Therefore this long list of possible plants could be much shortened when the plant grows some more. When it flowers, floral characteristics and perhaps even fruit could be used to identify it.

So I am calling for anyone who has grown this plant to maturity form one of these grafts to help me identify it. My one will not be much use anymore until next growing season, and with all this rain it has started to rot at the bottom. I cut it and it is drying now. It will take a long time before it flowers.
Back to top Go down
Cereoid

Cereoid

Number of posts : 137
Location : Sydney
Registration date : 2013-04-04

Hylocereus from graft Empty
PostSubject: Re: Hylocereus from graft   Hylocereus from graft EmptyWed Apr 17, 2013 7:15 pm

Anyone know anything? Maybe a more up-to-date source?
This is really eating at me.
Back to top Go down
Snah

Snah

Number of posts : 24
Location : Perth
Registration date : 2012-06-21

Hylocereus from graft Empty
PostSubject: Re: Hylocereus from graft   Hylocereus from graft EmptySat Apr 20, 2013 11:08 pm

Hi Cereoid,

To my knowledge H.trigonus, H.triangularis and H.undatus are very good stocks.
The commercial grafting stock for gymno´s or chamae´s is H.trigonus.
They get "fettened up" by removing the areoles and the tip of the cutting before it gets rooted.
(Thats why you mostly won´t get no pups of these stocks)
Without the ability to grow they become nearly cylindrical and it´s easy to graft on.
H.trigonus is cold tender and so is H.triangularis. As a stock they survive only a year or two in European Collections Sad .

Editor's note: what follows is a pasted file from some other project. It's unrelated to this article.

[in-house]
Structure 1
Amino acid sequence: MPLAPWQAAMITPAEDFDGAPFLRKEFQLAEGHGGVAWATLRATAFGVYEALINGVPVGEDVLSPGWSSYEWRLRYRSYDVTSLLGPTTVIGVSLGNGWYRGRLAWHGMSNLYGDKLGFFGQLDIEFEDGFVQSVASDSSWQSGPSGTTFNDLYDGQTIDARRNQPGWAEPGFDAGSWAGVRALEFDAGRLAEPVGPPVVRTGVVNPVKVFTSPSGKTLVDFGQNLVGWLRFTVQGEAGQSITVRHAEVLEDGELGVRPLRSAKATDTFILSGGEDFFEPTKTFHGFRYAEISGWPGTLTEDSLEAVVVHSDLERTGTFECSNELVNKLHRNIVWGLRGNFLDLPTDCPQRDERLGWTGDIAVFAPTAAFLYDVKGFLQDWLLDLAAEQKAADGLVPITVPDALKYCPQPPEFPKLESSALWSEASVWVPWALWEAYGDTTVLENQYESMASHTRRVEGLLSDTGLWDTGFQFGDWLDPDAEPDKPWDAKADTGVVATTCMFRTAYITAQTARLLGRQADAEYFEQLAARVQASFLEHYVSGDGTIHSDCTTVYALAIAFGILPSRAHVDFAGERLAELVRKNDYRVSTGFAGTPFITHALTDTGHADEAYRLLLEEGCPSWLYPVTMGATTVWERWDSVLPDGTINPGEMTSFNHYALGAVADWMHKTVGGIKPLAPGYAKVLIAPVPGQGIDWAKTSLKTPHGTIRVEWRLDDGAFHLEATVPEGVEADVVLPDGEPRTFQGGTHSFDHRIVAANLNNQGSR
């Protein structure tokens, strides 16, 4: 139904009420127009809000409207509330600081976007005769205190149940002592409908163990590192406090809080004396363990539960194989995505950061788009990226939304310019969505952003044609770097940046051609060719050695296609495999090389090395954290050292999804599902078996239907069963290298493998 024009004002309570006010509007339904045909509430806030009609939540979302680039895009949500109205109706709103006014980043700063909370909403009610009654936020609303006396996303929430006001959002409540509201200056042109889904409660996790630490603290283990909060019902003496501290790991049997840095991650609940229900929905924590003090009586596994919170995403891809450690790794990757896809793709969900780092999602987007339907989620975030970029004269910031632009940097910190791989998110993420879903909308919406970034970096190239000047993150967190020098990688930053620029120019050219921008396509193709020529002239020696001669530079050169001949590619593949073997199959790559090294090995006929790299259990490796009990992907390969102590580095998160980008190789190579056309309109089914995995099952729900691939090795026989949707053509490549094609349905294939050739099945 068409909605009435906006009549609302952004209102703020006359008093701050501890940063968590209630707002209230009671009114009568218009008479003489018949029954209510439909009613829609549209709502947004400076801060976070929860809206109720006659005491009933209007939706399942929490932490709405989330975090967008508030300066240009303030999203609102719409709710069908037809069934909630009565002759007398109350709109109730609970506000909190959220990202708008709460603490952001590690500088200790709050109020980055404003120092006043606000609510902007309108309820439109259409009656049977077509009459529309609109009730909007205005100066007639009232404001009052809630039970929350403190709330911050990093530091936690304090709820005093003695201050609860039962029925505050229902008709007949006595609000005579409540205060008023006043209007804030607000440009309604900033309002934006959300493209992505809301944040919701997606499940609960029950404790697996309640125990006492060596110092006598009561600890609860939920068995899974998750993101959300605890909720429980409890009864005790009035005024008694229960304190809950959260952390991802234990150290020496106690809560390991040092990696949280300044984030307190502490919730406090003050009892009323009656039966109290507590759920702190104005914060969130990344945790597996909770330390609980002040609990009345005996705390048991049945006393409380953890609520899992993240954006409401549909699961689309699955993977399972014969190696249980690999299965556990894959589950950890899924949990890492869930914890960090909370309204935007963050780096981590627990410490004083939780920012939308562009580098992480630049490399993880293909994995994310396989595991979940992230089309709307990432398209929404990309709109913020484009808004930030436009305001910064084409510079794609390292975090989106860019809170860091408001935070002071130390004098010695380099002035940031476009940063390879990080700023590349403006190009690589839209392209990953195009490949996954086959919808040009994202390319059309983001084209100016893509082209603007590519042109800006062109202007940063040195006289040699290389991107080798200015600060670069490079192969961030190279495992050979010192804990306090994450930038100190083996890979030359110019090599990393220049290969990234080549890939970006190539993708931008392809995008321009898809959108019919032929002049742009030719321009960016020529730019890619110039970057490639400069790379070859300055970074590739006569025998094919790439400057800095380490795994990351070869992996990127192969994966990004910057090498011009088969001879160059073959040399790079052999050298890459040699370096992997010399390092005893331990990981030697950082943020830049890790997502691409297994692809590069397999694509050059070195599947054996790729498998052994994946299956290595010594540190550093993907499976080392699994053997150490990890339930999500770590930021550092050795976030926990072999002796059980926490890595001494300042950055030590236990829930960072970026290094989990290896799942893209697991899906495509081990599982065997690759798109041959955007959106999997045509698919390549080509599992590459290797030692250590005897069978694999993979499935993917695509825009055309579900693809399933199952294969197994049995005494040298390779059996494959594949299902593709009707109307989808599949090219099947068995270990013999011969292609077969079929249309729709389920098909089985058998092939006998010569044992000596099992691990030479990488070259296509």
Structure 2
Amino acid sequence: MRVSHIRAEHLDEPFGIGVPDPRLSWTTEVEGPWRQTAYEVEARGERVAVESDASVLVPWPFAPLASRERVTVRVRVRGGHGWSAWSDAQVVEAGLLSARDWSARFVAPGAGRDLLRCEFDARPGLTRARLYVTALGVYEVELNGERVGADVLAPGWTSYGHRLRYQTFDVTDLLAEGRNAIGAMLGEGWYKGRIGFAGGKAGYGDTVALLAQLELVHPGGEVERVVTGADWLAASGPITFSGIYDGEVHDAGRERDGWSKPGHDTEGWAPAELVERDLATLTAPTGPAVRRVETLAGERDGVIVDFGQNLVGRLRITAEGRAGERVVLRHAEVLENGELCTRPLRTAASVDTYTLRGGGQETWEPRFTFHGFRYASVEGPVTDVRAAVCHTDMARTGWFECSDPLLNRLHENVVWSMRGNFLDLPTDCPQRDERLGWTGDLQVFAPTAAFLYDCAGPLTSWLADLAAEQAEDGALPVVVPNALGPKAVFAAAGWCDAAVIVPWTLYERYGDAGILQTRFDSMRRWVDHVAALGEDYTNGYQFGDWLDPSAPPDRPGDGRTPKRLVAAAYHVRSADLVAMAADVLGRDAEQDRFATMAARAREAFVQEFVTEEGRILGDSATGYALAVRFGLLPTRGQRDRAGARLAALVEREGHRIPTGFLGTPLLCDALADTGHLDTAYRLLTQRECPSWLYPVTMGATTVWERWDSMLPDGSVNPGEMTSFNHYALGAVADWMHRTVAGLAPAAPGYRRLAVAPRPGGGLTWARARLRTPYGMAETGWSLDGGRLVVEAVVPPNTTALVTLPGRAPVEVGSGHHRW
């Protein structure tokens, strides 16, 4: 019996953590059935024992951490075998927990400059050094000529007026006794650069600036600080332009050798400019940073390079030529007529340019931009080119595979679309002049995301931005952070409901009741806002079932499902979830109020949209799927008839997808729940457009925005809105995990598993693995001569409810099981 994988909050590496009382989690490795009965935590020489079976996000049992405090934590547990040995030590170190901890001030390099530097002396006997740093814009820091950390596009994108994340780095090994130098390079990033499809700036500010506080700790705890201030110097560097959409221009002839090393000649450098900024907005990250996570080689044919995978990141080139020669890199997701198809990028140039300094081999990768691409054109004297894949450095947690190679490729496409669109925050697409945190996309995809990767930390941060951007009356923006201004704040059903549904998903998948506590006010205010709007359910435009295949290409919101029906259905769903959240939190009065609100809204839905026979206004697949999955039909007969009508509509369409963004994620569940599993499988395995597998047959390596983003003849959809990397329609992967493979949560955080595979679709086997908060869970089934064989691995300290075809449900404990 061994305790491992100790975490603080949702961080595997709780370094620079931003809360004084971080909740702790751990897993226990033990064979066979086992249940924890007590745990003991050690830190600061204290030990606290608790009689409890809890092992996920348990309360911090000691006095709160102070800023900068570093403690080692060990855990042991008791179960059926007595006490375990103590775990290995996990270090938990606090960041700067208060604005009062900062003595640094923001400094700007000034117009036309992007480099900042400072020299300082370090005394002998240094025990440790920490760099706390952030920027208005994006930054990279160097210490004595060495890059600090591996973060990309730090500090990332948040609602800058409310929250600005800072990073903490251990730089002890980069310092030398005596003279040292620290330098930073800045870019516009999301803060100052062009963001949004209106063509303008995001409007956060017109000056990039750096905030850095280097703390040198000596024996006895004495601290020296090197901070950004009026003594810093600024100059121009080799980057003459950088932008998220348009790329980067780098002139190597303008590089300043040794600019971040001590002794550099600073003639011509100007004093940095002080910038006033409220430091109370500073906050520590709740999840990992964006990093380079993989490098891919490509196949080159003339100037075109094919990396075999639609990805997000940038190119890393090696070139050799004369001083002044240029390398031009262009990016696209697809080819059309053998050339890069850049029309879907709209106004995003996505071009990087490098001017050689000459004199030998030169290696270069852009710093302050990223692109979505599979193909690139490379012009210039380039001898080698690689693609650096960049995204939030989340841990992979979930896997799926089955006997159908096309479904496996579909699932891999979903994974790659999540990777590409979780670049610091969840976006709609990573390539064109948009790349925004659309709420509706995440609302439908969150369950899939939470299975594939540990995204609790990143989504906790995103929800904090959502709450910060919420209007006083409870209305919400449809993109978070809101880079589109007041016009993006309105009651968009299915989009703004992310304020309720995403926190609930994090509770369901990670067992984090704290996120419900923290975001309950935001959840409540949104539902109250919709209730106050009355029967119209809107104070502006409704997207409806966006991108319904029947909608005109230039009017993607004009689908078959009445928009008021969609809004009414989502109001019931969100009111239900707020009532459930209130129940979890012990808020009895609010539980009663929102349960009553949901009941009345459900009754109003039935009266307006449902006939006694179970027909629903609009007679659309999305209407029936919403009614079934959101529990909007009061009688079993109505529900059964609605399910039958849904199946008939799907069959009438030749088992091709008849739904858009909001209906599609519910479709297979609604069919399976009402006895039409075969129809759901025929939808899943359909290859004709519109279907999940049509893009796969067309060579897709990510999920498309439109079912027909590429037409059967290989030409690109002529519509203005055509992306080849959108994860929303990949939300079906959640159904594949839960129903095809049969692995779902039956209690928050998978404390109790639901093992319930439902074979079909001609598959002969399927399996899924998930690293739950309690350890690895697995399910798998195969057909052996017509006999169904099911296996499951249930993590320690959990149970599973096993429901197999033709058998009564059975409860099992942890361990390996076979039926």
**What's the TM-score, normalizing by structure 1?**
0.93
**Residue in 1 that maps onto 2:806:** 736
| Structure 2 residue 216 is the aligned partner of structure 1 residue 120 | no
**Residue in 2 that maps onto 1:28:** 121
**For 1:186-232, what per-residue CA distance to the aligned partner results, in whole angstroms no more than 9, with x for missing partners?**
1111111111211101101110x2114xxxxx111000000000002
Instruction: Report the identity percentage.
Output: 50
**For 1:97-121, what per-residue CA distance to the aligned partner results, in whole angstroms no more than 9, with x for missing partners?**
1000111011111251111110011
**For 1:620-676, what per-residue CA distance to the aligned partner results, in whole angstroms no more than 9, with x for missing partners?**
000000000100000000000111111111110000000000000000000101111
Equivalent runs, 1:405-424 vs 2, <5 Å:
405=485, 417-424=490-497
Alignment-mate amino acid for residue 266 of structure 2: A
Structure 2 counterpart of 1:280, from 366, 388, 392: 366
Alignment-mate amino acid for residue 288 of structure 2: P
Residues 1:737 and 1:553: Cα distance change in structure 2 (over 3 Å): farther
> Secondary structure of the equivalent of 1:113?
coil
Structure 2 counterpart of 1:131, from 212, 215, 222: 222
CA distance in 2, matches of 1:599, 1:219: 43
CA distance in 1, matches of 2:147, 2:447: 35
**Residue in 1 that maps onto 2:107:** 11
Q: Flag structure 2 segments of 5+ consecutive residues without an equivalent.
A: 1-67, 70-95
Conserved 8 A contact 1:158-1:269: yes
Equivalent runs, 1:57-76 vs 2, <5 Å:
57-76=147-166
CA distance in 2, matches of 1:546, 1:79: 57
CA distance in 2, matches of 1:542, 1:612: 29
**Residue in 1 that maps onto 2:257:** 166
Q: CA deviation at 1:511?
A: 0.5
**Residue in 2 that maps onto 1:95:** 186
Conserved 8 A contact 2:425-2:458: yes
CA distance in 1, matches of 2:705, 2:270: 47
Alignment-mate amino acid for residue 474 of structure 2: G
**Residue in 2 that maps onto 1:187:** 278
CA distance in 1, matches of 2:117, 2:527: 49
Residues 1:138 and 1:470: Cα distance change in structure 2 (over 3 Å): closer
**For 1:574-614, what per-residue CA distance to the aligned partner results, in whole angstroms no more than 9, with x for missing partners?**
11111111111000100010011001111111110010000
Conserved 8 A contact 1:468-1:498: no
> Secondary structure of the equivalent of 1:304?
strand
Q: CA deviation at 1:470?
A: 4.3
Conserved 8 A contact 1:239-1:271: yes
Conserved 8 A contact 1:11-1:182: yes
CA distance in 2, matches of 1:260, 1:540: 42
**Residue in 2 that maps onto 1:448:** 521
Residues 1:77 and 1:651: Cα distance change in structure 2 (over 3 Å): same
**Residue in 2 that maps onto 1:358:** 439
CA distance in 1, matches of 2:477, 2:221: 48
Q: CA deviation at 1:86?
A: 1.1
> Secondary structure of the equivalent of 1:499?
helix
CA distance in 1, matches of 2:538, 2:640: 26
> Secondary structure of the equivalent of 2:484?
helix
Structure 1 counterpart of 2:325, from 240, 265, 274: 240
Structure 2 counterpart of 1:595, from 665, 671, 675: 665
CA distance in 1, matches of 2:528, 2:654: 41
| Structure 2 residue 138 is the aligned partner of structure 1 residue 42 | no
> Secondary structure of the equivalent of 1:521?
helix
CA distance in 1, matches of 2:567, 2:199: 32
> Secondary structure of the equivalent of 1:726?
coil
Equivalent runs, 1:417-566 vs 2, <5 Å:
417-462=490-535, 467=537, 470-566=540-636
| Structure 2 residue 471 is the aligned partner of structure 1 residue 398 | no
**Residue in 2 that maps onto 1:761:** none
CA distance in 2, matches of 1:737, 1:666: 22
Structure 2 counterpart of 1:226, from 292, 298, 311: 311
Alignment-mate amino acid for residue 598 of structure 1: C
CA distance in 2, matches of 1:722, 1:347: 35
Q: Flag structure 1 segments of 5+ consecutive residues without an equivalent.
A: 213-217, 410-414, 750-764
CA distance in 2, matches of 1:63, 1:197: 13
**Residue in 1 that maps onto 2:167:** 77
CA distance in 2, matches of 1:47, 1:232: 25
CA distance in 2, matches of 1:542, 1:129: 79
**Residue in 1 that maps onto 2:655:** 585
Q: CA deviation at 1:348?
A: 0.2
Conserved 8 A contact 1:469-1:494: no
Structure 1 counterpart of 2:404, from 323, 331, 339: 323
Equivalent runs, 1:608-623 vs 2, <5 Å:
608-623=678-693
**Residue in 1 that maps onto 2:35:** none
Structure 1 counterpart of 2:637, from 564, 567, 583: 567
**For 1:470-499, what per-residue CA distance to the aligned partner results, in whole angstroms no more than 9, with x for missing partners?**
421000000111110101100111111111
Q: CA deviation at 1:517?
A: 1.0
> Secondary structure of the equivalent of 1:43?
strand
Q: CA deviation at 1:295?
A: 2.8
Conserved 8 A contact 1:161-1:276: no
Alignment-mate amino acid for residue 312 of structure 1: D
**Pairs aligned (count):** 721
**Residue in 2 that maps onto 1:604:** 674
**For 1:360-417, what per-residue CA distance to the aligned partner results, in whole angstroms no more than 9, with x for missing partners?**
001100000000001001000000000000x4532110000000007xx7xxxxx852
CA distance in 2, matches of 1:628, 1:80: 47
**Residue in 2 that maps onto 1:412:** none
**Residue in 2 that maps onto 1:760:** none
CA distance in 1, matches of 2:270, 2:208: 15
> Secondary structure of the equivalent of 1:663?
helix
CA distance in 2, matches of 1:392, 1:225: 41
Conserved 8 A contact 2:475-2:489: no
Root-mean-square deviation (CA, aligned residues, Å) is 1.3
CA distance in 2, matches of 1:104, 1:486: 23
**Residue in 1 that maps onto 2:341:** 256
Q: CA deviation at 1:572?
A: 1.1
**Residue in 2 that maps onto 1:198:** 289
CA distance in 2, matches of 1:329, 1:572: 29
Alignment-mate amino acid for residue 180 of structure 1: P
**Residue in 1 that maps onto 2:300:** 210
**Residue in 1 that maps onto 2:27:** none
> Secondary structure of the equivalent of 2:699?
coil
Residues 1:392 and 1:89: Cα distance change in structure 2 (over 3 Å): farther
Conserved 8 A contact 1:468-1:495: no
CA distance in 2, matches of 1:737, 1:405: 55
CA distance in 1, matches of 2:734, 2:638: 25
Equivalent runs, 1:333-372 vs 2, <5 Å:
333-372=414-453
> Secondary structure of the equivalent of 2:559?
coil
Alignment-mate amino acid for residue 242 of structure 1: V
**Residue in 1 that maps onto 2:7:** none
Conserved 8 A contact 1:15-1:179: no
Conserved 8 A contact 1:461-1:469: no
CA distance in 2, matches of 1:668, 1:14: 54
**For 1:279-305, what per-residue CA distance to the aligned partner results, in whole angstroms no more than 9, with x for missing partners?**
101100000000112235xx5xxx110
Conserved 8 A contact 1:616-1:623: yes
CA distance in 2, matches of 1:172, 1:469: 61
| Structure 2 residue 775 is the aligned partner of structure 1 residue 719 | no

The tougher one seems to be H.undatus. Sadly its vascular bundles become
woody very quickly and more care has to be taken to make the graft successful.

Cheers Snah
Back to top Go down
Cereoid

Cereoid

Number of posts : 137
Location : Sydney
Registration date : 2013-04-04

Hylocereus from graft Empty
PostSubject: Re: Hylocereus from graft   Hylocereus from graft EmptySun Apr 21, 2013 10:02 pm

That's interesting about their preparation. I never thought of them being thickened like that, but I am not sure just how much thicker doing that could make them get.

Could that increase the thickness of the stem enough to make a naturally slender vine look like a naturally thick one? If so then H. trigonus could be the species we see in shops.

It might even be a combination of different stocks from different suppliers and that could explain some of my confusion.

I have noticed that the areoles are in tact, at least in the one I bought because it grew from one of them.

Has anyone grown one of them to maturity from one of those Gymnocalycium grafts?
Back to top Go down
Cereoid

Cereoid

Number of posts : 137
Location : Sydney
Registration date : 2013-04-04

Hylocereus from graft Empty
PostSubject: Re: Hylocereus from graft   Hylocereus from graft EmptySat Sep 07, 2013 8:16 pm

I looked in the scientific literature and found invariably (from the papers I looked at) that the stock plant is referred to as Hylocereus trigonus. I searched for the scion plants and stock plant by name and did not find any reference to another stock being used. Some even had pictures that show the plant as looking the same as the ones we see here.
I am satisfied that I know what it is.

On a side note mine has started growing again.
Back to top Go down
Sponsored content




Hylocereus from graft Empty
PostSubject: Re: Hylocereus from graft   Hylocereus from graft Empty

Back to top Go down
 
Hylocereus from graft
Back to top 
Page 1 of 1
 Similar topics
-
» Pereskiopsis graft with rot?
» Name that plant! -- can anyone confirm IDs?
» Calycium's Grafting attempts
» The Graftathon.
» grafting onto Opuntia subulata monstrose.

Permissions in this forum:You cannot reply to topics in this forum
Australian Cacti Forum :: - :: General Cultivation, Identification & Information :: Cactus & Succulent Identification-
Jump to: